Monday, August 13, 2012
WASHINGTON (AP) — Paul Ryan traveled a perilous route to political stardom. While other lawmakers nervously whistled past trillion-dollar deficits, fearing to cut popular programs, he waded in with a machete and a smile.
Ryan wants to slice away at Medicare, food stamps and virtually every other government program but the military.
Democrats, led by President Barack Obama, have made him their budget boogeyman. Even many fellow Republicans were reluctant to follow him at first.
But Ryan has become a hero to deficit hawks. Twice now, the Republican-led House has embraced his austere budget plans. And in these tea party-infused, economically bleak days, Ryan's fiscal ideas have moved into the Republican Party's mainstream, just in time to be tested in the 2012 elections.
As Mitt Romney's vice presidential pick, the GOP's boisterous budget outrider is now its loudest voice on taxes and spending.
Romney calls his running mate an intellectual leader of the party with a "bold and exciting" budget plan. But Romney also has been careful to note, without elaboration, that he doesn't necessarily agree with all of Ryan's ideas.
Indeed, some of the Wisconsin congressman's previous suggestions — on the shelf since he ascended to the chairmanship of the House Budget Committee in 2011 — were politically riskier. They included privatizing Medicare and part of Social Security and ending taxes on interest and investment income, meaning some wealthy investors like Romney might owe virtually nothing. Ryan has backed off those proposals, but he still stirs controversy.
Some of his current ideas:
SHRINK THE DEFICIT
For Ryan, it all starts with putting the brakes on the nation's out-of-control debt. For years he's been wielding colorful charts and graphs to sound the alarm about annual deficits topping $1 trillion.
In March, the House passed a federal budget outline based on Ryan's plans that would protect the Pentagon but reduce spending on almost everything else, including highways and farm programs, NASA and weather forecasts, medical research and college aid. It aims to whittle the annual deficit to about $287 billion in 2022. That compares with a $704 billion deficit projected for Obama's budget plan. (The House bill is a non-starter in the Democratic-controlled Senate.)
A majority of House Republicans actually voted for even deeper cuts. And a few Democrats joined in passing the Ryan plan, which over the next decade would spend $5.3 trillion less than Obama wants while cutting taxes by $2 trillion more.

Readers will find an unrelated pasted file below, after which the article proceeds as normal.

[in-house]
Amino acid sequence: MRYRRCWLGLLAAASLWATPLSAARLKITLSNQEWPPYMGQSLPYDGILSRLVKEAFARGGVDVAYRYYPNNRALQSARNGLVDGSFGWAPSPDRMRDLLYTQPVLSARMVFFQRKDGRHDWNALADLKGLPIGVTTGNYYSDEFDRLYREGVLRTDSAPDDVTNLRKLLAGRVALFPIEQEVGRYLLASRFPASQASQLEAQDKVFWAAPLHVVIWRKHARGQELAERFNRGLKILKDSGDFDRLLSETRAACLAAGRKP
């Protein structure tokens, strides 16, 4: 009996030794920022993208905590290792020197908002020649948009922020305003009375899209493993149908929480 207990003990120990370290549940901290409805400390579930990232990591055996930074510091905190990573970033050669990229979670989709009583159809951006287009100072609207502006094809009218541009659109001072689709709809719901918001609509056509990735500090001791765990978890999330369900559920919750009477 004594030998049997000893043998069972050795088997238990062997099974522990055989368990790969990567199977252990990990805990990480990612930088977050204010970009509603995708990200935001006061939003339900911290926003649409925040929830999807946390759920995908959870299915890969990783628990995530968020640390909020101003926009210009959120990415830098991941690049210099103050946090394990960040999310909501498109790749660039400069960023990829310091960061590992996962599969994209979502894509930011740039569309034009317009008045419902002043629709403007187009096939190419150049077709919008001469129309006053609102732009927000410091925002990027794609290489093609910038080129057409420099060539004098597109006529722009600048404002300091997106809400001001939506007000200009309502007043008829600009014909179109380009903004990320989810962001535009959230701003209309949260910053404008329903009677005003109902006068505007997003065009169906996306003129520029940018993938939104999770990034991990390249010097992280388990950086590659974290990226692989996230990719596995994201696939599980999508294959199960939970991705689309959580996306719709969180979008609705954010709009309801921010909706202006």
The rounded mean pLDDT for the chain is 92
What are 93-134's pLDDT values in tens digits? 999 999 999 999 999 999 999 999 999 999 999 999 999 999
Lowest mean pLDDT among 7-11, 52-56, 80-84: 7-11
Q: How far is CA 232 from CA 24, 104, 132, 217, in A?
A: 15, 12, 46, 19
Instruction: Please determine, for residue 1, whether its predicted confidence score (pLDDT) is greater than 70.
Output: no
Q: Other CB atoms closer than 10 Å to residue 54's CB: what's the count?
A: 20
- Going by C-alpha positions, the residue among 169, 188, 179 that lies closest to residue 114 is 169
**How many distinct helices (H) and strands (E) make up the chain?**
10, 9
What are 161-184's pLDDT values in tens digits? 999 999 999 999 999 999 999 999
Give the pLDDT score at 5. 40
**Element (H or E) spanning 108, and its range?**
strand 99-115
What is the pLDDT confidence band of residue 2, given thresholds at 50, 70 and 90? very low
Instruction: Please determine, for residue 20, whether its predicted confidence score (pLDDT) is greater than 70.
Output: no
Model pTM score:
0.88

A numbers man, Ryan loathes budgetary uncertainty. So he wants to lock down how much the government can spend on entitlement programs such as Medicaid and food stamps. Critics complain that this would transfer the risks of rising prices or greater need to individual Americans.
Ryan says the most important thing he can do to help people in need is to rescue the nation from fiscal disaster.
OVERHAUL INCOME TAXES
As much as he wants to shrink the deficit, Ryan wouldn't do it by raising taxes.
He wants to lower tax rates by compressing the current six brackets into two: 10 percent and 25 percent. The current top rate for the wealthiest is 35 percent. He also would reduce the corporate tax rate to 25 percent from 35 percent. Ryan says he would make up the lost tax revenue by eliminating unspecified tax breaks and loopholes.
Ryan — like Romney and congressional Republicans — would extend Bush-era tax cuts for everyone. Obama wants to allow taxes on earnings over $200,000 per individual or $250,000 per couple to go back up next year, for a top rate of 39.6 percent.
Ryan also seeks to eliminate the alternative minimum tax — a much-despised levy that members of both parties have talked about ending. Doing so is tough, however, because it would cost the government hundreds of billions of dollars over a decade.
In the past, Ryan championed big tax changes that would mostly benefit the wealthy: eliminating taxes on dividends, interest and capital gains, as well as ending the estate tax. He dropped those ideas from more recent plans.